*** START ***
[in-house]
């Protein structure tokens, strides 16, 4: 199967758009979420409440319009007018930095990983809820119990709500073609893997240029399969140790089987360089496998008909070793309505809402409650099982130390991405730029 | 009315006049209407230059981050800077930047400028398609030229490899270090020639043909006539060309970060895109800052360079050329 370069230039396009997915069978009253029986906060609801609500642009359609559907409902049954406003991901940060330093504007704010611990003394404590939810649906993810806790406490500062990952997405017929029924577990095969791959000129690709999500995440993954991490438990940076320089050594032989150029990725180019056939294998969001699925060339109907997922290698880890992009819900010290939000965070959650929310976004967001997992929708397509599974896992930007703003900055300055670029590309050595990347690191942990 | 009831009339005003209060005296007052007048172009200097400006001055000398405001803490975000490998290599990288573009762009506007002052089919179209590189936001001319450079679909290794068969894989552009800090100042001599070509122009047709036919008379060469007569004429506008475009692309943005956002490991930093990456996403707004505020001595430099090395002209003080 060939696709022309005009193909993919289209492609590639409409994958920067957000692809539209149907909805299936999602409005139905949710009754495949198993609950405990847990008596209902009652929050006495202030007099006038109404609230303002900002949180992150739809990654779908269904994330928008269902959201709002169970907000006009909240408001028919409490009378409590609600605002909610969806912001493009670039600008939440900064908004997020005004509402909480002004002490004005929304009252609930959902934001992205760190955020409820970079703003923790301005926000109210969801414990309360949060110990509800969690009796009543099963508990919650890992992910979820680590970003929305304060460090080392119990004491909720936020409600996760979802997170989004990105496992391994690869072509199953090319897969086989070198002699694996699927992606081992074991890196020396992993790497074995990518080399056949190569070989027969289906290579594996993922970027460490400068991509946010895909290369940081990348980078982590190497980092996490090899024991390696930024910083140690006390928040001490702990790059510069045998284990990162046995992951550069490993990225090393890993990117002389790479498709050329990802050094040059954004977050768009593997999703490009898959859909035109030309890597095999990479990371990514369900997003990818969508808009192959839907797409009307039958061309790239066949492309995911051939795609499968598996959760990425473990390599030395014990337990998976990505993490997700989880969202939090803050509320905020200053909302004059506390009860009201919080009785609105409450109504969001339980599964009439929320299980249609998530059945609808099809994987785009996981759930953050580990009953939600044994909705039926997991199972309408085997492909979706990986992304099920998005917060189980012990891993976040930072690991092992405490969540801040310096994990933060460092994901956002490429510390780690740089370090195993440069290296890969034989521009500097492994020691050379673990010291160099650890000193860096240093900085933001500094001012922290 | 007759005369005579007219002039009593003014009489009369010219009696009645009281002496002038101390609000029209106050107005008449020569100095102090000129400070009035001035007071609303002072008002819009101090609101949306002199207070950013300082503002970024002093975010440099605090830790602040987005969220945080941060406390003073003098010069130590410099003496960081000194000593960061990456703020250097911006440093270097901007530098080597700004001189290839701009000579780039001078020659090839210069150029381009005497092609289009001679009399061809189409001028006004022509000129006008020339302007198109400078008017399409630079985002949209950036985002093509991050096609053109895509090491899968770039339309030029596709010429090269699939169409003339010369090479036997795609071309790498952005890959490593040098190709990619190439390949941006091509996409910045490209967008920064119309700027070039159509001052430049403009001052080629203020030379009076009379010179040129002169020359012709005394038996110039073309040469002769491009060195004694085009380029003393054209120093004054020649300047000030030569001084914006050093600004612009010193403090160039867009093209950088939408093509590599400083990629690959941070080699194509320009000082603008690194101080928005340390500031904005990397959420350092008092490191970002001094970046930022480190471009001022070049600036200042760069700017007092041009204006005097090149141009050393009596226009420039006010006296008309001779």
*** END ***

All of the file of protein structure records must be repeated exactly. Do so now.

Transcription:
[in-house]
């Protein structure tokens, strides 16, 4: 199967758009979420409440319009007018930095990983809820119990709500073609893997240029399969140790089987360089496998008909070793309505809402409650099982130390991405730029 | 009315006049209407230059981050800077930047400028398609030229490899270090020639043909006539060309970060895109800052360079050329 370069230039396009997915069978009253029986906060609801609500642009359609559907409902049954406003991901940060330093504007704010611990003394404590939810649906993810806790406490500062990952997405017929029924577990095969791959000129690709999500995440993954991490438990940076320089050594032989150029990725180019056939294998969001699925060339109907997922290698880890992009819900010290939000965070959650929310976004967001997992929708397509599974896992930007703003900055300055670029590309050595990347690191942990 | 009831009339005003209060005296007052007048172009200097400006001055000398405001803490975000490998290599990288573009762009506007002052089919179209590189936001001319450079679909290794068969894989552009800090100042001599070509122009047709036919008379060469007569004429506008475009692309943005956002490991930093990456996403707004505020001595430099090395002209003080 060939696709022309005009193909993919289209492609590639409409994958920067957000692809539209149907909805299936999602409005139905949710009754495949198993609950405990847990008596209902009652929050006495202030007099006038109404609230303002900002949180992150739809990654779908269904994330928008269902959201709002169970907000006009909240408001028919409490009378409590609600605002909610969806912001493009670039600008939440900064908004997020005004509402909480002004002490004005929304009252609930959902934001992205760190955020409820970079703003923790301005926000109210969801414990309360949060110990509800969690009796009543099963508990919650890992992910979820680590970003929305304060460090080392119990004491909720936020409600996760979802997170989004990105496992391994690869072509199953090319897969086989070198002699694996699927992606081992074991890196020396992993790497074995990518080399056949190569070989027969289906290579594996993922970027460490400068991509946010895909290369940081990348980078982590190497980092996490090899024991390696930024910083140690006390928040001490702990790059510069045998284990990162046995992951550069490993990225090393890993990117002389790479498709050329990802050094040059954004977050768009593997999703490009898959859909035109030309890597095999990479990371990514369900997003990818969508808009192959839907797409009307039958061309790239066949492309995911051939795609499968598996959760990425473990390599030395014990337990998976990505993490997700989880969202939090803050509320905020200053909302004059506390009860009201919080009785609105409450109504969001339980599964009439929320299980249609998530059945609808099809994987785009996981759930953050580990009953939600044994909705039926997991199972309408085997492909979706990986992304099920998005917060189980012990891993976040930072690991092992405490969540801040310096994990933060460092994901956002490429510390780690740089370090195993440069290296890969034989521009500097492994020691050379673990010291160099650890000193860096240093900085933001500094001012922290 | 007759005369005579007219002039009593003014009489009369010219009696009645009281002496002038101390609000029209106050107005008449020569100095102090000129400070009035001035007071609303002072008002819009101090609101949306002199207070950013300082503002970024002093975010440099605090830790602040987005969220945080941060406390003073003098010069130590410099003496960081000194000593960061990456703020250097911006440093270097901007530098080597700004001189290839701009000579780039001078020659090839210069150029381009005497092609289009001679009399061809189409001028006004022509000129006008020339302007198109400078008017399409630079985002949209950036985002093509991050096609053109895509090491899968770039339309030029596709010429090269699939169409003339010369090479036997795609071309790498952005890959490593040098190709990619190439390949941006091509996409910045490209967008920064119309700027070039159509001052430049403009001052080629203020030379009076009379010179040129002169020359012709005394038996110039073309040469002769491009060195004694085009380029003393054209120093004054020649300047000030030569001084914006050093600004612009010193403090160039867009093209950088939408093509590599400083990629690959941070080699194509320009000082603008690194101080928005340390500031904005990397959420350092008092490191970002001094970046930022480190471009001022070049600036200042760069700017007092041009204006005097090149141009050393009596226009420039006010006296008309001779």